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CULTURE ARTICLE

Racking Focus: 'Doll & Em' and the Fluid TV Model

HBO's season two pickup of 'Doll & Em' indicates we're headed toward a new style of narrative fluidity in TV.

One of the most charming things I saw all year was Azazel Jacobs' HBO project Doll & Em, which starred Emily Mortimer as a version of herself, an actress hard at work in Hollywood, who contracts her best friend Dolly (Dolly Wells, Mortimer's real-life best friend) to come over from London and work as Mortimer's assistant. The work was a really touching examination of friendship, fame and ambition (Dolly is an aspiring actress on the show), and it was extremely well-received. But perhaps you're wondering about something: why am I being so coy about designating what kind of visual entertainment work Doll & Em is?

The various modes of distinction between different kinds of TV programming are really falling by the wayside, and this lack of constriction should really empower storytellers to engage in exciting new modes of narrative.

That's exactly the point. Doll & Em ran on HBO as six 30-minute episodes. It could just as easily be designated a miniseries as a TV series, or, frankly, a movie divided into six parts. Doll & Em is entirely self-contained, and if HBO had decided to close the door on it after this year, nothing would have been left unresolved - it has a very satisfying conclusion at the end of the sixth episode. Yet HBO has ordered a second season of the series - I suppose we can call it that now - calling for another six episodes.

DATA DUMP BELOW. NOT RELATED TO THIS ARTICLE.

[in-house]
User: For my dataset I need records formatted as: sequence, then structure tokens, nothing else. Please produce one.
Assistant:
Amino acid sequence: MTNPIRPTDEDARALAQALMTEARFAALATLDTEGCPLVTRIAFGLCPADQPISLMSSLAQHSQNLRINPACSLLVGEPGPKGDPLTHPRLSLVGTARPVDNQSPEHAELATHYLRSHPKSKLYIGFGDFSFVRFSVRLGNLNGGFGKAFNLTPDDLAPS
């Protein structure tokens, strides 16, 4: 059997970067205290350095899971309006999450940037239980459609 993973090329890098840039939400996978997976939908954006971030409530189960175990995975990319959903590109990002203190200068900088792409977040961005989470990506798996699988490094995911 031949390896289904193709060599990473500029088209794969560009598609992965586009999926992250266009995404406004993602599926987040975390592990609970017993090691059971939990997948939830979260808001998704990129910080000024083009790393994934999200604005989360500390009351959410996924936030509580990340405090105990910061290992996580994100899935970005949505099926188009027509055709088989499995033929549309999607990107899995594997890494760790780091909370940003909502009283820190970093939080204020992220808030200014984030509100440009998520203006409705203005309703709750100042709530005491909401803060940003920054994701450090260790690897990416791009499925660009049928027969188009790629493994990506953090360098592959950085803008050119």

The show so artfully blurs the boundaries between different kinds of visual entertainment.

What's fascinating about Doll & Em, and the fact that it is being renewed for a second season, is that the show so artfully blurs the boundaries between different kinds of visual entertainment. (HBO, to its credit, doesn't seem to have made too much of a hullaballoo about defining what kind of series the show is. I've heard some people in the film and TV industries refer to it as a miniseries, while others have referred to it as a TV show.) This augurs all kinds of exciting possibilities for future series. Storytellers who start with a small idea can allow it to grow larger during a second season if interest dictates. Miniseries can turn into TV series. TV series can have a first season followed up by a miniseries-length second season. That second season can be followed by one movie that continues the storyline. The various modes of distinction between different kinds of TV programming are really falling by the wayside, and this lack of constriction should really empower storytellers to engage in exciting new modes of narrative. Rather than worrying about filling out 13 episodes each season, a series might have 13 episodes followed by 4, or a movie; series can expand and contract organically, and can be renewed or shut down organically at any time, without viewers feeling miffed that they're not getting to see an expected future iteration of the show. This can lead to viewers feeling far more satisfied about the manner in which series end (or extend), and storytellers feeling far freer to experiment with different modes of narrative. 
 

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